The Unnatural Selections of Ross Takahashi is a collection of sculptural work that focuses on elements of an evolving world. Some works dive into humanity's complicated relationship with nature, while others deal with preservation, industrial philosophies, and organic ecosystems. These pieces depict elements of nature and humanity, but by creating them in cast bronze it forces the natural into something unnatural with their manufactured state. This juxtaposed imagery creates a dark view into the exchange between mankind and nature in a turbulent environment.
Growing up and living in the Sierra Nevada region, led me to gain an appreciation for the
natural world as its own art form. Every day I see the life and death of nature in the world around
me as the developing world continues to dig its roots. Emergence, growth, preservation, death, and
decay - are the harmonious elements of nature, which humanity attempts control. My interest in
these themes continued as I studied psychology and worked in the mental health industry. The
works in my collections explore these concepts while utilizing the darker elements of nature and
humanity to invoke an emotional response within the viewer.
My collection focuses on the juxtaposition between naturalist and industrialized design while
mixing elements of the cycle’s stages. Nature is being captured by cast bronze, while the wooden
elements have been manipulated into a non-organic form. Many of the pieces focus on preserving a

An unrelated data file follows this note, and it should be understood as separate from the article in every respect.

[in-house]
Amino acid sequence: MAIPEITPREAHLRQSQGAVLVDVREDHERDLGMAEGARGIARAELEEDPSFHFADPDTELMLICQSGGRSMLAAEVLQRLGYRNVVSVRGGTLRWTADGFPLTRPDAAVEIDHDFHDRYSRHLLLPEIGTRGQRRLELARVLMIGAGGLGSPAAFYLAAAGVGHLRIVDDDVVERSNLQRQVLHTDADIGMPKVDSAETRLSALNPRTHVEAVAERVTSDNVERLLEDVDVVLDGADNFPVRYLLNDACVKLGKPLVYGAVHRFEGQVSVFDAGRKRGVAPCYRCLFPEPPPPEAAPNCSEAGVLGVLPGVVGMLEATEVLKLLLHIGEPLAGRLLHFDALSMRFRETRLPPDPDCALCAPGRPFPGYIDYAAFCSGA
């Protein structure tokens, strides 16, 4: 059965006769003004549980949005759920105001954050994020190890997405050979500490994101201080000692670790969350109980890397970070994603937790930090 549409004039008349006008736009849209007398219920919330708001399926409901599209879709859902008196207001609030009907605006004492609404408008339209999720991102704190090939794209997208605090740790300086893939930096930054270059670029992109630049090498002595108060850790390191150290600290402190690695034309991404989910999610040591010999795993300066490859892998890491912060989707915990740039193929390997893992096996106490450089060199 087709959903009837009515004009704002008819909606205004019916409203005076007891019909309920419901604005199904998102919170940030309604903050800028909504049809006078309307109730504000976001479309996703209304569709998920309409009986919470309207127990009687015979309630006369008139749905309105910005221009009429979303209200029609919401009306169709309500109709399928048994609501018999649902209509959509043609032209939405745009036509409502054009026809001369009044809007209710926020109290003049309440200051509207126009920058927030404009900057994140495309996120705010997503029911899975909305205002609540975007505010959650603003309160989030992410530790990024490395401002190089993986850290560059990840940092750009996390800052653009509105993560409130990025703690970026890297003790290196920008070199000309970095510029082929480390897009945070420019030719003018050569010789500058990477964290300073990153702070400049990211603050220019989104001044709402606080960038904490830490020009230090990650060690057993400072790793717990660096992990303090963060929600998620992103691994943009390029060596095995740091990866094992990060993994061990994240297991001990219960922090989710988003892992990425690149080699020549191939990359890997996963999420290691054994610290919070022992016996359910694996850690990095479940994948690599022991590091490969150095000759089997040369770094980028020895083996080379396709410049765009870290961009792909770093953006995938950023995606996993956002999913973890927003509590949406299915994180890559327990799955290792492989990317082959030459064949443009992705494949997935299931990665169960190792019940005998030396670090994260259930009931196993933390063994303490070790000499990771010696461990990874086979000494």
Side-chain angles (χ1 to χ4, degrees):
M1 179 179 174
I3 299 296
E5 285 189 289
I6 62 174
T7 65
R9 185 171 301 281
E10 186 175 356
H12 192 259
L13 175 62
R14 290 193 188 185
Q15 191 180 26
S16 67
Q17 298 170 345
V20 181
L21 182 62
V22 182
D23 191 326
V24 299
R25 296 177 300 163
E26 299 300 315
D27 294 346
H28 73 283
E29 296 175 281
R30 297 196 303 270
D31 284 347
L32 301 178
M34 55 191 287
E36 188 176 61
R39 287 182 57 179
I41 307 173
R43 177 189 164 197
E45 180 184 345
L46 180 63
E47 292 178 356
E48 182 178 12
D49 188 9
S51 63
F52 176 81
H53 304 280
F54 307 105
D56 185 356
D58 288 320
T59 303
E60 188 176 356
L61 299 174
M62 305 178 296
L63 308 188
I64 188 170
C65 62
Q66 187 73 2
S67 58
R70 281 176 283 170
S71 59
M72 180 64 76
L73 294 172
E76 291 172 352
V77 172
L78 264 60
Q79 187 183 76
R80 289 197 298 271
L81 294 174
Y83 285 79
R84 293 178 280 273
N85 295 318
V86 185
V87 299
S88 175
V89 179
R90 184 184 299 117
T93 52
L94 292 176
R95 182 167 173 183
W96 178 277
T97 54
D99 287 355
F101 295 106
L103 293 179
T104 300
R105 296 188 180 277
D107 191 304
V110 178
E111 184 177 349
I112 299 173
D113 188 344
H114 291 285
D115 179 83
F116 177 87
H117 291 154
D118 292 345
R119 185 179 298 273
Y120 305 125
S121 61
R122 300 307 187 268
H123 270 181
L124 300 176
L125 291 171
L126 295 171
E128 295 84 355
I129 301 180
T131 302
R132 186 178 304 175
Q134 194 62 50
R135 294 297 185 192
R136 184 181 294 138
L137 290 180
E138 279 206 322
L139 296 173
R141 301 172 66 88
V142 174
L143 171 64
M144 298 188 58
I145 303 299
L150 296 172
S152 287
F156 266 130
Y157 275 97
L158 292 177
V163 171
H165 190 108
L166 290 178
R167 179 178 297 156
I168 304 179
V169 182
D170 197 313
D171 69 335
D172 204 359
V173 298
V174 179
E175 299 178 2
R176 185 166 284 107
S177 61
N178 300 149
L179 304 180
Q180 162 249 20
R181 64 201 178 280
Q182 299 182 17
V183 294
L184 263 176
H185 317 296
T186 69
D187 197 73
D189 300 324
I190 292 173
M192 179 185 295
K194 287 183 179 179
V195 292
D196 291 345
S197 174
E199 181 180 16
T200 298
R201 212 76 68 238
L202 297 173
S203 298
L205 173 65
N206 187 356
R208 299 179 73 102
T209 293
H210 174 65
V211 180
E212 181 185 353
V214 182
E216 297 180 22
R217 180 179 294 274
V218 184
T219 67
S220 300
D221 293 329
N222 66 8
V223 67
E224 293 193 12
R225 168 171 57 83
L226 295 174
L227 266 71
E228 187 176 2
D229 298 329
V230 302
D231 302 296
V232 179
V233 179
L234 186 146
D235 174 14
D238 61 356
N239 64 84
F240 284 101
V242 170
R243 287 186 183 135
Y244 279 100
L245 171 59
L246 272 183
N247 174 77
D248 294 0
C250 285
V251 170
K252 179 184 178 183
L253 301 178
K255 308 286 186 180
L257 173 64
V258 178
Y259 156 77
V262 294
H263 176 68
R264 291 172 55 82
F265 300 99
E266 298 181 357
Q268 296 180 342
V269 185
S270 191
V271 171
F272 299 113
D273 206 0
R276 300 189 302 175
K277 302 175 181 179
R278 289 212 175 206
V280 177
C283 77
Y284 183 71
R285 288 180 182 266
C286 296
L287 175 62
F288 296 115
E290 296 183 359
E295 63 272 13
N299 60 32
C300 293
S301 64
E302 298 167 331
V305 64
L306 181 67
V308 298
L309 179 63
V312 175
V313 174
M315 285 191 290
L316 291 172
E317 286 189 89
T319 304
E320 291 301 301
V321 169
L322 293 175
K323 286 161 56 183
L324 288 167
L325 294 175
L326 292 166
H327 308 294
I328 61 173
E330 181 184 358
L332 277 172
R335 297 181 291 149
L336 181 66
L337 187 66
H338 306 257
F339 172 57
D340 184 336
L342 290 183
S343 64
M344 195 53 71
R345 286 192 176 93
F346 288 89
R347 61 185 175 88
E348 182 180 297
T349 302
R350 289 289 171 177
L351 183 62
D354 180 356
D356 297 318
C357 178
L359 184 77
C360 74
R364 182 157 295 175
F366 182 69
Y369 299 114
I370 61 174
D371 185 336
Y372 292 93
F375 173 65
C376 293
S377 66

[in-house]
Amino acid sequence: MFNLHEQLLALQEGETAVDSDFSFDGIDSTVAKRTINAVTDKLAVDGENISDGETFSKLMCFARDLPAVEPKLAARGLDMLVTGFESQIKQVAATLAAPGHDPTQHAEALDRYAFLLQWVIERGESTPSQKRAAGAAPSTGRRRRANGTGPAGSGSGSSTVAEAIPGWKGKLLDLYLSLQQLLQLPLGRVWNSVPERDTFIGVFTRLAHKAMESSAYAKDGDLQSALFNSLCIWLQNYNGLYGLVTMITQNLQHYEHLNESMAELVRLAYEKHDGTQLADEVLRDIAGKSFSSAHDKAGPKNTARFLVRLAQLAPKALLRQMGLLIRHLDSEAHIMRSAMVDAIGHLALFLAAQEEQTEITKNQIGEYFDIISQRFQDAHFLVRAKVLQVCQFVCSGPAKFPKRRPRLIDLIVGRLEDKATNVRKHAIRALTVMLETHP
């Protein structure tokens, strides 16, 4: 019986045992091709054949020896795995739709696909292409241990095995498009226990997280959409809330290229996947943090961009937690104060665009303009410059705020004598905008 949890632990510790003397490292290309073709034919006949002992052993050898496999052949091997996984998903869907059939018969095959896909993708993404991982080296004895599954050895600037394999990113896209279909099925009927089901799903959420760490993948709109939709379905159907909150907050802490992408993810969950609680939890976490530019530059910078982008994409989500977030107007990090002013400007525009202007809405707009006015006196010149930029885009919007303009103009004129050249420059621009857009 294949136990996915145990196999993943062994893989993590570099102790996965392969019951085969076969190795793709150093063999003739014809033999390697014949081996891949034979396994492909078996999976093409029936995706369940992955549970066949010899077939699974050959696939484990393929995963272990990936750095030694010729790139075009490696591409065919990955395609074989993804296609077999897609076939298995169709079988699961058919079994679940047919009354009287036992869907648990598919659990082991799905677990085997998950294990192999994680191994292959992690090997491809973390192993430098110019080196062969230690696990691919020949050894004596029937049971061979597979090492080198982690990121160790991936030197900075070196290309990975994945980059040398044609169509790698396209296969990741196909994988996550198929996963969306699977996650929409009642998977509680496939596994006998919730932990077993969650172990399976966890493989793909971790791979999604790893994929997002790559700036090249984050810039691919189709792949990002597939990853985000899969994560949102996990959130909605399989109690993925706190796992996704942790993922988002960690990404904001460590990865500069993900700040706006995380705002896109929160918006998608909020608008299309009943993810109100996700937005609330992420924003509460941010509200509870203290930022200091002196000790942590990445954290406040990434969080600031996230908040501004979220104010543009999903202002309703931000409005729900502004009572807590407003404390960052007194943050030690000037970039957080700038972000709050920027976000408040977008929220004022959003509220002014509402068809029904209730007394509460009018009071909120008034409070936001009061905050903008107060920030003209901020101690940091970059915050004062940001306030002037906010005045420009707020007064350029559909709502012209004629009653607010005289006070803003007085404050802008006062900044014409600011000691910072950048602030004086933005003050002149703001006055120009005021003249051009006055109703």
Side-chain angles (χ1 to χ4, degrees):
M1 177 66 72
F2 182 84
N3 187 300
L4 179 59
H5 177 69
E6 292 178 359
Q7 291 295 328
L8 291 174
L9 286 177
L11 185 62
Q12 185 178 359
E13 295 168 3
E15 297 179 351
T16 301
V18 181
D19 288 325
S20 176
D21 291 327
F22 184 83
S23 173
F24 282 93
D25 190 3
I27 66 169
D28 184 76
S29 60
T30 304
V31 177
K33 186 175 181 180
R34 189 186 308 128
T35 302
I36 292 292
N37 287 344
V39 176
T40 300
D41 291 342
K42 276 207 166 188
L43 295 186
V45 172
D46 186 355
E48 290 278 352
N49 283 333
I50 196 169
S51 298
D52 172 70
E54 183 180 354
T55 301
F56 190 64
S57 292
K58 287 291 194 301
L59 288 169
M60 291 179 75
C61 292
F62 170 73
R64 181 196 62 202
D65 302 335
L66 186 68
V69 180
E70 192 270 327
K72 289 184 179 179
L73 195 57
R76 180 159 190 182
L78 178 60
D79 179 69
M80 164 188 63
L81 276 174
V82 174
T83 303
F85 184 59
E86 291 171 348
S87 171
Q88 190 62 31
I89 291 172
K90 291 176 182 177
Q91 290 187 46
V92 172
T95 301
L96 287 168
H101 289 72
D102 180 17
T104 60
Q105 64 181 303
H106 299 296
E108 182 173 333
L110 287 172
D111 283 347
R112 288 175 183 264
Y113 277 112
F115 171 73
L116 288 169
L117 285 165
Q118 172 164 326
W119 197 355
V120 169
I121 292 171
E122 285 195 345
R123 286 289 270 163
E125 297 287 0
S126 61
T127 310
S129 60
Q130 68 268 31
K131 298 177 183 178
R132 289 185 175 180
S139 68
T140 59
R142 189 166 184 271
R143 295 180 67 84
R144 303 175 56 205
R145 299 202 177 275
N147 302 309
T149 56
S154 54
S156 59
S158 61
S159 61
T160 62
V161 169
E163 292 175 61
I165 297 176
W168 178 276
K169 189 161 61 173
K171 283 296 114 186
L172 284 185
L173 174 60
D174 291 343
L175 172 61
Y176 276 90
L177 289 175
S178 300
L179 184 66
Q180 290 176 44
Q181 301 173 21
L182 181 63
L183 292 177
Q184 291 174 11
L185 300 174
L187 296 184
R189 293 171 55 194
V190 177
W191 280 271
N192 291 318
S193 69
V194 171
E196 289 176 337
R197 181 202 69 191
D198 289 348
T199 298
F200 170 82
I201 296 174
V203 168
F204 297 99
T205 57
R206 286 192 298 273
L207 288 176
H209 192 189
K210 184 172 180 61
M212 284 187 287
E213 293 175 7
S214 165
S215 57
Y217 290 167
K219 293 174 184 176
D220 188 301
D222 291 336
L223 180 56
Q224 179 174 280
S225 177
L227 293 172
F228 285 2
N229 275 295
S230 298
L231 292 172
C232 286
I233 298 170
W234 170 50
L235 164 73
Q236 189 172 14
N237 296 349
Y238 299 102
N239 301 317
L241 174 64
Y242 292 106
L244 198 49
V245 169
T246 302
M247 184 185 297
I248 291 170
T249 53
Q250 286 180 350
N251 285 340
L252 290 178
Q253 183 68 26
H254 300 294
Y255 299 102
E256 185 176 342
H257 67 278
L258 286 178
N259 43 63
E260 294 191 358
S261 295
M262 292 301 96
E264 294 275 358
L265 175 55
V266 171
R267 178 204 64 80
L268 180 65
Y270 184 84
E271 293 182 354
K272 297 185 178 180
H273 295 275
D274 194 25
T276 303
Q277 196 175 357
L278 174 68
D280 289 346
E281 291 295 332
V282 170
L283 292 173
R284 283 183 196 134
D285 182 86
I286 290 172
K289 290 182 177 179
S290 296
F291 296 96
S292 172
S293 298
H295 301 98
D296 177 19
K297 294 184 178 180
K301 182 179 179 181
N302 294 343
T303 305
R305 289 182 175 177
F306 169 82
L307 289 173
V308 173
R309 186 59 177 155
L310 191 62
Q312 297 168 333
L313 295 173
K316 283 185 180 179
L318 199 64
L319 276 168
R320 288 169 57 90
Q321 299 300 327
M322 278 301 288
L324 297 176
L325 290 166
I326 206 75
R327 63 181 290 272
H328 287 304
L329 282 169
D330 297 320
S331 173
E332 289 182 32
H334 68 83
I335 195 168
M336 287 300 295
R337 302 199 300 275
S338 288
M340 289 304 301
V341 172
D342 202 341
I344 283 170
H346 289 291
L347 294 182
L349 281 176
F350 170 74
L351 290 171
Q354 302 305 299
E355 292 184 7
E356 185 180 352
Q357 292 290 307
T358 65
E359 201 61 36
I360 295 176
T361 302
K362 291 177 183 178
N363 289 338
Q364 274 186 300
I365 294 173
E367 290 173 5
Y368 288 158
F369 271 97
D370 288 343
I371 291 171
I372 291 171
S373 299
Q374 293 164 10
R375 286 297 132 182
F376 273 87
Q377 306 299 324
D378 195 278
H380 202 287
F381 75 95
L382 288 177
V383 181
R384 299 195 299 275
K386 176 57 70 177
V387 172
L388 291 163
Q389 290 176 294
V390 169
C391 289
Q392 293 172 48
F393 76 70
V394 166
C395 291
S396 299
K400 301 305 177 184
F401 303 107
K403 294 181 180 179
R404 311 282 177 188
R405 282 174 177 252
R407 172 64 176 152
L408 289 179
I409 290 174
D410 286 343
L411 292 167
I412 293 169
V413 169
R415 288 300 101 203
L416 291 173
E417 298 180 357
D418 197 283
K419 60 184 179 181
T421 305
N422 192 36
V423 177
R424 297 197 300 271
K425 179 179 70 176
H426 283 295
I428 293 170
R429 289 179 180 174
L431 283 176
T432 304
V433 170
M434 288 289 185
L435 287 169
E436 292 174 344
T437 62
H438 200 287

post-death form by capturing nature in a suspended state. Insects were chosen as a primary element
due to the multiple life stages present in their growth, as well as their ability to strike a nerve in the
viewer. Cicadas specifically were selected due to their long-life cycle from nymph to adulthood. Each
cast insect on a wood piece was created to appeal to the idea of the natural world and its conflicts
with humanity. The interjection of industrialization towards nature plays a key role in these works -
insects grow, but their surroundings often become industrialized and fall into disarray. Inspiration
for these pieces was drawn from Romain Langlois, and his take on nature’s fusion with bronze,
along with other artists such as Louise Bourgeois.
Various techniques were created in order to cast the delicate parts of the insects. When
pinning an insect several of its innards are dried or decayed, leaving only the fragile exoskeleton. In
order to utilize the exoskeleton, I needed to cast the bronze in less than or equal to 1mm while being
able to have the part translate into a mold. In seeking preservation of the insect, I developed casting
“taxidermy/pinning” techniques along with micro-sculpting flaws in the defective samples (missing
wings, legs, holes in the exoskeleton, etc.).
While drafting my ideas of nature, death, and decay I started studying humanity’s
relationship with vessels. “Death” and “Gilded” were inspired by funerary urns while intersecting
humanity and nature as they decay into one another. “Gilded” is a tribute to the gilded late Baroque
and Rococo styles used by German artists to capture sculpted images of insects and leaves.
However, I wanted to create a modern gilded vessel that captures the decaying state of nature using
imagery of mud, fallen leaves, worms, and twigs. “Drowning” takes notes from Gustav Vigeland’s
piece, “The Monolith.” It was formulated to overwhelm the viewer into an emotional state of
unease regarding modern life and perhaps the search to belong.
My work attempts to observe humanity’s struggles with nature and their intersecting life
cycles throughout history. The goal of my work is to use the industry in nature and to preserve the
natural world for people to see its beauty. I hope my collection allows reflection on the concepts of
emergence, growth, preservation, death and decay in our ever-changing world.
On display at Windmill Library Gallery from July 14 through September 27, 2020.
Monday: 10:00AM – 8:00PM
Tuesday: 10:00AM – 8:00PM
Wednesday: 10:00AM – 8:00PM
Thursday: 10:00AM – 8:00PM
Friday: 10:00AM – 6:00PM
Saturday: 10:00AM – 6:00PM
Sunday: 10:00AM – 6:00PM